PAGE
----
Lung Carcinoma

  • Claire W. Michael


Lung cancer is considered the most common source of new cancer worldwide and contributes the highest number of deaths from cancer. In the United States, more than 222,000 new cases and approximately 157,300 deaths were expected in 2010. The Surveillance Epidemiology and End Results (SEER) group, who studied the incidence of lung cancer in 17 geographic areas, reported the incidence rate for all races to be 76.2 per 100,000 men and 52.4 per 100,000 women. However, the incidence rate varied among races – 41.4 men and 25.4 females per 100,000 Hispanics, compared to 101.2 men and 54.8 females per 100,000 blacks. It is estimated that 1 in 14 men and women will develop lung cancer during their lifetime. There are, however, different trends based on gender, according to the SEER report, with a −0.8 annual percentage change (APC) between 1991 and 2007 for men vs. a +1.0 APC in women over the same period.1,2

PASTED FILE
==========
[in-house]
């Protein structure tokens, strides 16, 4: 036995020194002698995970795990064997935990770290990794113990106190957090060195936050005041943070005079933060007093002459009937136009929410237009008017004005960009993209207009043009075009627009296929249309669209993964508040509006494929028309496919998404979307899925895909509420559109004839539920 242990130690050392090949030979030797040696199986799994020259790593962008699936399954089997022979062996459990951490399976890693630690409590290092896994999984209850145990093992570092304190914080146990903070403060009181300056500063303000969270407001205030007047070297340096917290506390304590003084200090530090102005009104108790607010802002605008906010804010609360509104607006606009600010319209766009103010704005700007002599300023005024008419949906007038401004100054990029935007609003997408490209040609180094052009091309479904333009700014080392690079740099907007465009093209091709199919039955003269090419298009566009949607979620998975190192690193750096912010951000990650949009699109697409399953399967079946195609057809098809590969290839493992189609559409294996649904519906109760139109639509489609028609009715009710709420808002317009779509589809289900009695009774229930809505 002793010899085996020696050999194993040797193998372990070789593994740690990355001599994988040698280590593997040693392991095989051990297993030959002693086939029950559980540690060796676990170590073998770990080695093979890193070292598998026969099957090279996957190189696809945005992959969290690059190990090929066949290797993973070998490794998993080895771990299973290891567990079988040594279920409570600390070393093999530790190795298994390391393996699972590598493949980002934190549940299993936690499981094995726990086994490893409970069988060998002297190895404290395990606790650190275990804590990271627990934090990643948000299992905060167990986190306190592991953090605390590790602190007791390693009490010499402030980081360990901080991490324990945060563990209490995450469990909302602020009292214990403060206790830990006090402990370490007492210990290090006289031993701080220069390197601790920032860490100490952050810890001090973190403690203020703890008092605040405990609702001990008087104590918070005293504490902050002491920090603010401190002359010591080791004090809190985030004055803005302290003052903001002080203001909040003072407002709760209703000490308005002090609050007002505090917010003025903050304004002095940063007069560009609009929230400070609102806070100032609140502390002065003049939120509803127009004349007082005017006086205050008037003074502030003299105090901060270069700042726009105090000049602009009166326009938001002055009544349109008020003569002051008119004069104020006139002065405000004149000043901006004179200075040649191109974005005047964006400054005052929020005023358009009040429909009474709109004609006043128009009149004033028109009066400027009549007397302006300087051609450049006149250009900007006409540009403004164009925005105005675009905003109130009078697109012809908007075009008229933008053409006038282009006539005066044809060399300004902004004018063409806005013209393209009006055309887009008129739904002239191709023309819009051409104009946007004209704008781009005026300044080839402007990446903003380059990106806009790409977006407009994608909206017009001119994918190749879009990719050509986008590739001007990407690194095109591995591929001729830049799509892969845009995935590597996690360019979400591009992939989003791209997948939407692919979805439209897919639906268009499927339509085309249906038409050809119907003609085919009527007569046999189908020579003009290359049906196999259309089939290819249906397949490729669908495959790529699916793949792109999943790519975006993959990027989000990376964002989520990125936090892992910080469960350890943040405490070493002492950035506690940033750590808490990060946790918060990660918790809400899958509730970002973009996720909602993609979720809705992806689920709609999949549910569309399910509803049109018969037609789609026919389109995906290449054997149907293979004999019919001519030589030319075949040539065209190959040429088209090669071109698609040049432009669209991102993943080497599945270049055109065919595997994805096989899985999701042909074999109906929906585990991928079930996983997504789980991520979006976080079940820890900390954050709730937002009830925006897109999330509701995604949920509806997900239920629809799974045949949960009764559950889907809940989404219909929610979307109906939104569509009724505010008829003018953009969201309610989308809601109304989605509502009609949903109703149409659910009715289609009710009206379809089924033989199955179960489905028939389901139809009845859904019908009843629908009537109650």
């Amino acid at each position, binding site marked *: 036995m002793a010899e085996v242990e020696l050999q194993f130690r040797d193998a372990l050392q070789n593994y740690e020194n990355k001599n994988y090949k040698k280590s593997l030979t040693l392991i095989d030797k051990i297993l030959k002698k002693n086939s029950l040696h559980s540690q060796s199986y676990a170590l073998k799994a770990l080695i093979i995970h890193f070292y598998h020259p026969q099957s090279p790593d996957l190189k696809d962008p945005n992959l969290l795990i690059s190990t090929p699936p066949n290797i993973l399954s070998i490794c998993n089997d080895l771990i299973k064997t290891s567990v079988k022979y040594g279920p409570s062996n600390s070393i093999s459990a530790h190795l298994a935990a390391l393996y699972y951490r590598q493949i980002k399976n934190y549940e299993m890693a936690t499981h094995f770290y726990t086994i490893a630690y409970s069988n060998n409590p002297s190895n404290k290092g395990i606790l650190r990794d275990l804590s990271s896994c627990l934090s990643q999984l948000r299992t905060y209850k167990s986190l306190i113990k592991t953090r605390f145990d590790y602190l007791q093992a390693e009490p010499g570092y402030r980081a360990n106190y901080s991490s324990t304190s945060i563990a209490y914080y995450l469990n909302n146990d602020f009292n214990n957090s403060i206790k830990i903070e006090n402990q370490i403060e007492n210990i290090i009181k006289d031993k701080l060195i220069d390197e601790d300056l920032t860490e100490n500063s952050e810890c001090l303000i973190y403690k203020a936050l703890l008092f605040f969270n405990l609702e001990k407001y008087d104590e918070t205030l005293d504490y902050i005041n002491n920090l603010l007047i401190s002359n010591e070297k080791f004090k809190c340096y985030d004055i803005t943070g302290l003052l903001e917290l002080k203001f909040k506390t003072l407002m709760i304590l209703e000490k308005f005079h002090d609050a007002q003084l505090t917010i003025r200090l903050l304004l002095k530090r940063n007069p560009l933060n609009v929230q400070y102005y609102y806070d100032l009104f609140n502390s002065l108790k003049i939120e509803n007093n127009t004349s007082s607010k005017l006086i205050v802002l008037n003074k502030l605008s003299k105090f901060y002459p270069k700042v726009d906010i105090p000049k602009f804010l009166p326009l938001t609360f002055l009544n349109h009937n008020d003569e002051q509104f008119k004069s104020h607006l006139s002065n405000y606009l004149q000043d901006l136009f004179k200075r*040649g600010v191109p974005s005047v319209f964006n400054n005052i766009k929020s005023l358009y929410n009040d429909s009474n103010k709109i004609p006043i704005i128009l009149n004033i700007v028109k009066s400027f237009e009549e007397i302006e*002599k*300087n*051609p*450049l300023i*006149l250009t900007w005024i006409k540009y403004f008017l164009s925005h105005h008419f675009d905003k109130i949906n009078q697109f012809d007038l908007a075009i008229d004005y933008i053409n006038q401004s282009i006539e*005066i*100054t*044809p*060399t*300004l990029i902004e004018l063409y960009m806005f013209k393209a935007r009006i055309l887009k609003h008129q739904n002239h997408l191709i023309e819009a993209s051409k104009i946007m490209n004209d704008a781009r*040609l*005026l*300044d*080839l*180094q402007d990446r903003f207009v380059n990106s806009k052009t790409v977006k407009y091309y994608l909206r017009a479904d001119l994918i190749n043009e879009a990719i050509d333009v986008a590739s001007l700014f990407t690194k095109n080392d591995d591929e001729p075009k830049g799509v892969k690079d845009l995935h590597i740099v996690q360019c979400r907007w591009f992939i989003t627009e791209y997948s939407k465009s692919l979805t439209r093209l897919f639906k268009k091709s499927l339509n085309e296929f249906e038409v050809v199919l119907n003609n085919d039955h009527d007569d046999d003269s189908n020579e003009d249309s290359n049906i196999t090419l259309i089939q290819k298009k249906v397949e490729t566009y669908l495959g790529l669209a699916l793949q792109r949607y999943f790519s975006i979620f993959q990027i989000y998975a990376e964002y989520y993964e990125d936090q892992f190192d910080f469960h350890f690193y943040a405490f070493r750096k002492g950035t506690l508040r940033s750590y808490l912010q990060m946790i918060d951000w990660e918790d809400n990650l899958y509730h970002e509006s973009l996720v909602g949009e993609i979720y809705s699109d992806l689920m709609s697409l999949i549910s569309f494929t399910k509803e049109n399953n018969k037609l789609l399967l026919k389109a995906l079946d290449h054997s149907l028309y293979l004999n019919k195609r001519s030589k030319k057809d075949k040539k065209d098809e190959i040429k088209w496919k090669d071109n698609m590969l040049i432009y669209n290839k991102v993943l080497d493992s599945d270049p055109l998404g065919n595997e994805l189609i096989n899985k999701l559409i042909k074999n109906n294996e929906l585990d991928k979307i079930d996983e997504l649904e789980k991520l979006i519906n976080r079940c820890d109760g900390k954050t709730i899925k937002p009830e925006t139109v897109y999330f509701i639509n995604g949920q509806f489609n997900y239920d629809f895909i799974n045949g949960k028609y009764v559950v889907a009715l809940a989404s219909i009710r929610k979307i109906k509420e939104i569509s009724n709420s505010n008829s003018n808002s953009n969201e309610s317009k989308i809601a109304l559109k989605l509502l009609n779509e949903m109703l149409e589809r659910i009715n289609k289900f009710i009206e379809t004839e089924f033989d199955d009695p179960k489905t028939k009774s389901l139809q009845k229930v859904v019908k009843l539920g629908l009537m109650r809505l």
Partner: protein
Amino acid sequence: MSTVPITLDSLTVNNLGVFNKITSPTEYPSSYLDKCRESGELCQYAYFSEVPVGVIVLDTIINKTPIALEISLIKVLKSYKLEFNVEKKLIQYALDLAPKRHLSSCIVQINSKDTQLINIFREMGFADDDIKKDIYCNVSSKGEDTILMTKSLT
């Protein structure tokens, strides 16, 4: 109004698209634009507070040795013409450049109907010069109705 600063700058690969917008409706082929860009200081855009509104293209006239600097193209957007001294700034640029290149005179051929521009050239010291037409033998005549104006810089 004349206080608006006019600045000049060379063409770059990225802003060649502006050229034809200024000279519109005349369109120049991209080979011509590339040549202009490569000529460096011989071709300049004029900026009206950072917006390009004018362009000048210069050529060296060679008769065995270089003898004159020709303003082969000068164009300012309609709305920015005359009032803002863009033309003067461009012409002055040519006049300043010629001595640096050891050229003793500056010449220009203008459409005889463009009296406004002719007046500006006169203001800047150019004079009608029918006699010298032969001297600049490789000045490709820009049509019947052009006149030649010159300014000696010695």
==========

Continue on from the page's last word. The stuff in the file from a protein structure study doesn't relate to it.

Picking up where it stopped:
Small Cell Carcinoma Malignant Mesothelioma Malignant Pleural Effusion Annual Percentage Change Malignant Effusion 
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Copyright information

© Springer-Verlag London Limited 2012

Authors and Affiliations

  1. 1.Department of PathologyThe University of MichiganAnn ArborUSA

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